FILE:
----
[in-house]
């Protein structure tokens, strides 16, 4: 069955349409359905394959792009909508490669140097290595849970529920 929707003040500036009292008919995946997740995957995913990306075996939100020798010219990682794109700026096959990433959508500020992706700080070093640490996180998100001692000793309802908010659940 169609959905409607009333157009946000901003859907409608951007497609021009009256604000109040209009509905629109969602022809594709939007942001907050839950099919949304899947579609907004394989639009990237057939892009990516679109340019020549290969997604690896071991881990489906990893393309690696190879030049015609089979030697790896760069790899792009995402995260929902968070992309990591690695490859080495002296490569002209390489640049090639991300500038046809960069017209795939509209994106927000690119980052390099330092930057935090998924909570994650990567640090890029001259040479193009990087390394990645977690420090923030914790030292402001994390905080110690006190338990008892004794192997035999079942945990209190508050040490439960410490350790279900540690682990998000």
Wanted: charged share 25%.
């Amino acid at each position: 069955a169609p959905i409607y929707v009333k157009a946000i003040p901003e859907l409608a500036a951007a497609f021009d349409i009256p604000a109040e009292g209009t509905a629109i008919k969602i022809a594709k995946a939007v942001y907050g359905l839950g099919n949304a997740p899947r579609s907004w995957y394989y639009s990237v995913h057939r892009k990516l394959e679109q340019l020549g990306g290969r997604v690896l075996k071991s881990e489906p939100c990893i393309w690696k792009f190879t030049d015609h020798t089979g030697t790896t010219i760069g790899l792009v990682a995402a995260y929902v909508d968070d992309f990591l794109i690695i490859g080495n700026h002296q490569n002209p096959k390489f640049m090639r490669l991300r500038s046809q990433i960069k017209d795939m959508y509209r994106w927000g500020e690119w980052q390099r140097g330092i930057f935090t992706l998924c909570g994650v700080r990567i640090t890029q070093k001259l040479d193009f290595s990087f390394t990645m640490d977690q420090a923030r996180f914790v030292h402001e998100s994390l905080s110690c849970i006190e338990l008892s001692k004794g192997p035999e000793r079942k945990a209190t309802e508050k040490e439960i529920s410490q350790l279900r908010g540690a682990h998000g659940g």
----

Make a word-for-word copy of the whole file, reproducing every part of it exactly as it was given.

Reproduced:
[in-house]
């Protein structure tokens, strides 16, 4: 069955349409359905394959792009909508490669140097290595849970529920 929707003040500036009292008919995946997740995957995913990306075996939100020798010219990682794109700026096959990433959508500020992706700080070093640490996180998100001692000793309802908010659940 169609959905409607009333157009946000901003859907409608951007497609021009009256604000109040209009509905629109969602022809594709939007942001907050839950099919949304899947579609907004394989639009990237057939892009990516679109340019020549290969997604690896071991881990489906990893393309690696190879030049015609089979030697790896760069790899792009995402995260929902968070992309990591690695490859080495002296490569002209390489640049090639991300500038046809960069017209795939509209994106927000690119980052390099330092930057935090998924909570994650990567640090890029001259040479193009990087390394990645977690420090923030914790030292402001994390905080110690006190338990008892004794192997035999079942945990209190508050040490439960410490350790279900540690682990998000």
Wanted: charged share 25%.
């Amino acid at each position: 069955a169609p959905i409607y929707v009333k157009a946000i003040p901003e859907l409608a500036a951007a497609f021009d349409i009256p604000a109040e009292g209009t509905a629109i008919k969602i022809a594709k995946a939007v942001y907050g359905l839950g099919n949304a997740p899947r579609s907004w995957y394989y639009s990237v995913h057939r892009k990516l394959e679109q340019l020549g990306g290969r997604v690896l075996k071991s881990e489906p939100c990893i393309w690696k792009f190879t030049d015609h020798t089979g030697t790896t010219i760069g790899l792009v990682a995402a995260y929902v909508d968070d992309f990591l794109i690695i490859g080495n700026h002296q490569n002209p096959k390489f640049m090639r490669l991300r500038s046809q990433i960069k017209d795939m959508y509209r994106w927000g500020e690119w980052q390099r140097g330092i930057f935090t992706l998924c909570g994650v700080r990567i640090t890029q070093k001259l040479d193009f290595s990087f390394t990645m640490d977690q420090a923030r996180f914790v030292h402001e998100s994390l905080s110690c849970i006190e338990l008892s001692k004794g192997p035999e000793r079942k945990a209190t309802e508050k040490e439960i529920s410490q350790l279900r908010g540690a682990h998000g659940g």